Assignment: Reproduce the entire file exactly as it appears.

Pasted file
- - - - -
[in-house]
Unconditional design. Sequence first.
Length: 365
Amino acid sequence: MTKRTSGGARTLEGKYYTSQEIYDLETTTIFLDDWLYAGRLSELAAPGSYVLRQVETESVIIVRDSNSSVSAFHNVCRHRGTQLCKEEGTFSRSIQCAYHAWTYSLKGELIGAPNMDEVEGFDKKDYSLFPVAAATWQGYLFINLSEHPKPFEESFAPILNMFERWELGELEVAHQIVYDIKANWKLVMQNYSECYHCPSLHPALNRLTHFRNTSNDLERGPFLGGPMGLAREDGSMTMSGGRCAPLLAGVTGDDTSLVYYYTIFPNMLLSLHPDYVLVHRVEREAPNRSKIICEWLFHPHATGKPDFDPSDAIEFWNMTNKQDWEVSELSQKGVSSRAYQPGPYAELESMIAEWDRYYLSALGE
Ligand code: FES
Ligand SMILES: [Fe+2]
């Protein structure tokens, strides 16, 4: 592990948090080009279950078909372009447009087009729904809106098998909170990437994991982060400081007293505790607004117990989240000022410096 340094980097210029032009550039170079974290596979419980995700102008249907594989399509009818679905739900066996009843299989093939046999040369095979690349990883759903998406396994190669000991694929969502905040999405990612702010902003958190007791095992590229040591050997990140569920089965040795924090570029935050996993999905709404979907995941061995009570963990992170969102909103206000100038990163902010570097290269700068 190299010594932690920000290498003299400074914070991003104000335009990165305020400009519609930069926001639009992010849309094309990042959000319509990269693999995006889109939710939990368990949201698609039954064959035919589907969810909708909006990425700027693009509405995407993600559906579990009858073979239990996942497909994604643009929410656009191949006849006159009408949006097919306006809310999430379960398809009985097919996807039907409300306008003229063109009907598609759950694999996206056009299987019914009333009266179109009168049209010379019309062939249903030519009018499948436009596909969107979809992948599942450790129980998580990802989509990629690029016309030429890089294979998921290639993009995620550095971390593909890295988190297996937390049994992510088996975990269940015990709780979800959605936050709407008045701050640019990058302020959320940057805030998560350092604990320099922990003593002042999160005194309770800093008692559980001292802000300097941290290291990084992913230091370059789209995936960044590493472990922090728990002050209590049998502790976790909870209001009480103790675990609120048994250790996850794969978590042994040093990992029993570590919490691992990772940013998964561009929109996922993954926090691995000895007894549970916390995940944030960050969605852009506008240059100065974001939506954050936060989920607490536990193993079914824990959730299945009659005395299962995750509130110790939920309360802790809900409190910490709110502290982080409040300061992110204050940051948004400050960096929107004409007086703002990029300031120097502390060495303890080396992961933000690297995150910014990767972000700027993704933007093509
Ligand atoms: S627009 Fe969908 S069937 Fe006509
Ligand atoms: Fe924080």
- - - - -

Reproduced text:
[in-house]
Unconditional design. Sequence first.
Length: 365
Amino acid sequence: MTKRTSGGARTLEGKYYTSQEIYDLETTTIFLDDWLYAGRLSELAAPGSYVLRQVETESVIIVRDSNSSVSAFHNVCRHRGTQLCKEEGTFSRSIQCAYHAWTYSLKGELIGAPNMDEVEGFDKKDYSLFPVAAATWQGYLFINLSEHPKPFEESFAPILNMFERWELGELEVAHQIVYDIKANWKLVMQNYSECYHCPSLHPALNRLTHFRNTSNDLERGPFLGGPMGLAREDGSMTMSGGRCAPLLAGVTGDDTSLVYYYTIFPNMLLSLHPDYVLVHRVEREAPNRSKIICEWLFHPHATGKPDFDPSDAIEFWNMTNKQDWEVSELSQKGVSSRAYQPGPYAELESMIAEWDRYYLSALGE
Ligand code: FES
Ligand SMILES: [Fe+2]
């Protein structure tokens, strides 16, 4: 592990948090080009279950078909372009447009087009729904809106098998909170990437994991982060400081007293505790607004117990989240000022410096 340094980097210029032009550039170079974290596979419980995700102008249907594989399509009818679905739900066996009843299989093939046999040369095979690349990883759903998406396994190669000991694929969502905040999405990612702010902003958190007791095992590229040591050997990140569920089965040795924090570029935050996993999905709404979907995941061995009570963990992170969102909103206000100038990163902010570097290269700068 190299010594932690920000290498003299400074914070991003104000335009990165305020400009519609930069926001639009992010849309094309990042959000319509990269693999995006889109939710939990368990949201698609039954064959035919589907969810909708909006990425700027693009509405995407993600559906579990009858073979239990996942497909994604643009929410656009191949006849006159009408949006097919306006809310999430379960398809009985097919996807039907409300306008003229063109009907598609759950694999996206056009299987019914009333009266179109009168049209010379019309062939249903030519009018499948436009596909969107979809992948599942450790129980998580990802989509990629690029016309030429890089294979998921290639993009995620550095971390593909890295988190297996937390049994992510088996975990269940015990709780979800959605936050709407008045701050640019990058302020959320940057805030998560350092604990320099922990003593002042999160005194309770800093008692559980001292802000300097941290290291990084992913230091370059789209995936960044590493472990922090728990002050209590049998502790976790909870209001009480103790675990609120048994250790996850794969978590042994040093990992029993570590919490691992990772940013998964561009929109996922993954926090691995000895007894549970916390995940944030960050969605852009506008240059100065974001939506954050936060989920607490536990193993079914824990959730299945009659005395299962995750509130110790939920309360802790809900409190910490709110502290982080409040300061992110204050940051948004400050960096929107004409007086703002990029300031120097502390060495303890080396992961933000690297995150910014990767972000700027993704933007093509
Ligand atoms: S627009 Fe969908 S069937 Fe006509
Ligand atoms: Fe924080």